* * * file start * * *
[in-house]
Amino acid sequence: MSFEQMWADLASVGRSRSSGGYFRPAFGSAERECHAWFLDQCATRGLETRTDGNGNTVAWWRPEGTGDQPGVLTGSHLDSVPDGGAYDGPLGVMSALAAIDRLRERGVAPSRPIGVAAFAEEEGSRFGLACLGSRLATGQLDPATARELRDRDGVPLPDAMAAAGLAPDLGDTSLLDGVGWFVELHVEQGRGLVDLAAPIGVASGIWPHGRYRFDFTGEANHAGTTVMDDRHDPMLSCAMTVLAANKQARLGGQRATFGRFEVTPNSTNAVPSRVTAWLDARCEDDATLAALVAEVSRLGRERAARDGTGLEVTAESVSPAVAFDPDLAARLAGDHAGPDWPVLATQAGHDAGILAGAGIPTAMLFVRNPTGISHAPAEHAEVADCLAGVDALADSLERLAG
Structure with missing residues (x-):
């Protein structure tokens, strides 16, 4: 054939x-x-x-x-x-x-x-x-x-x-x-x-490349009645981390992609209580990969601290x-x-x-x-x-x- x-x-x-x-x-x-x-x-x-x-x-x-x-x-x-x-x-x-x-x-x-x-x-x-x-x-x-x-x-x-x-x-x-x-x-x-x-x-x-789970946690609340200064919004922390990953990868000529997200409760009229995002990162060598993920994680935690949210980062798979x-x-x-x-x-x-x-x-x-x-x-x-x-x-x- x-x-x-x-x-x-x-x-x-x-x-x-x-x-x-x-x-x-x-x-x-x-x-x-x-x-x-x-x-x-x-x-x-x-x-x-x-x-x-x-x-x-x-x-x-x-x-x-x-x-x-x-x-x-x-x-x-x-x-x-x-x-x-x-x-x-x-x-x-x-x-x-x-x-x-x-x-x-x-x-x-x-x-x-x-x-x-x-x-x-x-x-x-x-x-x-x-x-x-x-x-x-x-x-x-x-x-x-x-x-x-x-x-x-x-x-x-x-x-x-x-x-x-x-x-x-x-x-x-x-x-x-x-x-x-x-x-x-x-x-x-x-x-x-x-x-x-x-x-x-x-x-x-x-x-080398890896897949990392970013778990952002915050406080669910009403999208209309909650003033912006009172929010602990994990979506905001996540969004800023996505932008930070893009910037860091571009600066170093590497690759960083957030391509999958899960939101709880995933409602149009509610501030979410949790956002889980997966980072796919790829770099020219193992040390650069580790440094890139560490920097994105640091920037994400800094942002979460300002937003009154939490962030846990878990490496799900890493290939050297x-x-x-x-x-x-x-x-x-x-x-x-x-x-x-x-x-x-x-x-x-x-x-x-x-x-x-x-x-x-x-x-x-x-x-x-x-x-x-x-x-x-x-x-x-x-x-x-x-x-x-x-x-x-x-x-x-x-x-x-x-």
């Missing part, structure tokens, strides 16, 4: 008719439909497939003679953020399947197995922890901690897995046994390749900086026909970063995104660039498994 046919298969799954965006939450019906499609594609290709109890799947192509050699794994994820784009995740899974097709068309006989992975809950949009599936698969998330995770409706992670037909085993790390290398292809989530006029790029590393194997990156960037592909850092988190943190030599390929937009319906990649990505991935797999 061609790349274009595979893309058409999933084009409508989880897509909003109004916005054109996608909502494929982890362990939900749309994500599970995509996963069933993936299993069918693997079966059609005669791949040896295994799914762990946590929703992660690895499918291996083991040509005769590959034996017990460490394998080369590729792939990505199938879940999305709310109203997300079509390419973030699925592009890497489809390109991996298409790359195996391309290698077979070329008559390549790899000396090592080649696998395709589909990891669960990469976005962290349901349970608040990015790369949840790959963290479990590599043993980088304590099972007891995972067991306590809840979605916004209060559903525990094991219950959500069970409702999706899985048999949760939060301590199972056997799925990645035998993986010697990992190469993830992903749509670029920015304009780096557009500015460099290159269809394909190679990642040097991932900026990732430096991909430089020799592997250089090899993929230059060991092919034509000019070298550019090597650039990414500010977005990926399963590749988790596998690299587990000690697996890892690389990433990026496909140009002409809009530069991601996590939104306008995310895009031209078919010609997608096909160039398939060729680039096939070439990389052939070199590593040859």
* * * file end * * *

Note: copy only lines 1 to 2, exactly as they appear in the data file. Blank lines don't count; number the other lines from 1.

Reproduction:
[in-house]
Amino acid sequence: MSFEQMWADLASVGRSRSSGGYFRPAFGSAERECHAWFLDQCATRGLETRTDGNGNTVAWWRPEGTGDQPGVLTGSHLDSVPDGGAYDGPLGVMSALAAIDRLRERGVAPSRPIGVAAFAEEEGSRFGLACLGSRLATGQLDPATARELRDRDGVPLPDAMAAAGLAPDLGDTSLLDGVGWFVELHVEQGRGLVDLAAPIGVASGIWPHGRYRFDFTGEANHAGTTVMDDRHDPMLSCAMTVLAANKQARLGGQRATFGRFEVTPNSTNAVPSRVTAWLDARCEDDATLAALVAEVSRLGRERAARDGTGLEVTAESVSPAVAFDPDLAARLAGDHAGPDWPVLATQAGHDAGILAGAGIPTAMLFVRNPTGISHAPAEHAEVADCLAGVDALADSLERLAG